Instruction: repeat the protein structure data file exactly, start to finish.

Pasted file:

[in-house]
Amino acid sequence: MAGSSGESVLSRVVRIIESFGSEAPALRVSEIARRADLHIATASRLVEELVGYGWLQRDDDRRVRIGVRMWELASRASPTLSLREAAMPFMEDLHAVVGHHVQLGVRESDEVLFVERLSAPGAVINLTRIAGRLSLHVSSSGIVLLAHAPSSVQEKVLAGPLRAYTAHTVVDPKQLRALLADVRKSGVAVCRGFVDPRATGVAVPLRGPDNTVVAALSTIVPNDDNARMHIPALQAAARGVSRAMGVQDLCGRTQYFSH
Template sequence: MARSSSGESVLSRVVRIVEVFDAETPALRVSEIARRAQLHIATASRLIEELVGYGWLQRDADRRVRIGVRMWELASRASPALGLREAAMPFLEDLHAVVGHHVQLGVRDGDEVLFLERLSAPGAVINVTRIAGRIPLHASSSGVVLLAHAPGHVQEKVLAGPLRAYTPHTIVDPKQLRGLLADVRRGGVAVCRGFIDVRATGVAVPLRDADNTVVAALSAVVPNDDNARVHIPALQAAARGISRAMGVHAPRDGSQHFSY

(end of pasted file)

[in-house]
Amino acid sequence: MAGSSGESVLSRVVRIIESFGSEAPALRVSEIARRADLHIATASRLVEELVGYGWLQRDDDRRVRIGVRMWELASRASPTLSLREAAMPFMEDLHAVVGHHVQLGVRESDEVLFVERLSAPGAVINLTRIAGRLSLHVSSSGIVLLAHAPSSVQEKVLAGPLRAYTAHTVVDPKQLRALLADVRKSGVAVCRGFVDPRATGVAVPLRGPDNTVVAALSTIVPNDDNARMHIPALQAAARGVSRAMGVQDLCGRTQYFSH
Template sequence: MARSSSGESVLSRVVRIVEVFDAETPALRVSEIARRAQLHIATASRLIEELVGYGWLQRDADRRVRIGVRMWELASRASPALGLREAAMPFLEDLHAVVGHHVQLGVRDGDEVLFLERLSAPGAVINVTRIAGRIPLHASSSGVVLLAHAPGHVQEKVLAGPLRAYTPHTIVDPKQLRGLLADVRRGGVAVCRGFIDVRATGVAVPLRDADNTVVAALSAVVPNDDNARVHIPALQAAARGISRAMGVHAPRDGSQHFSY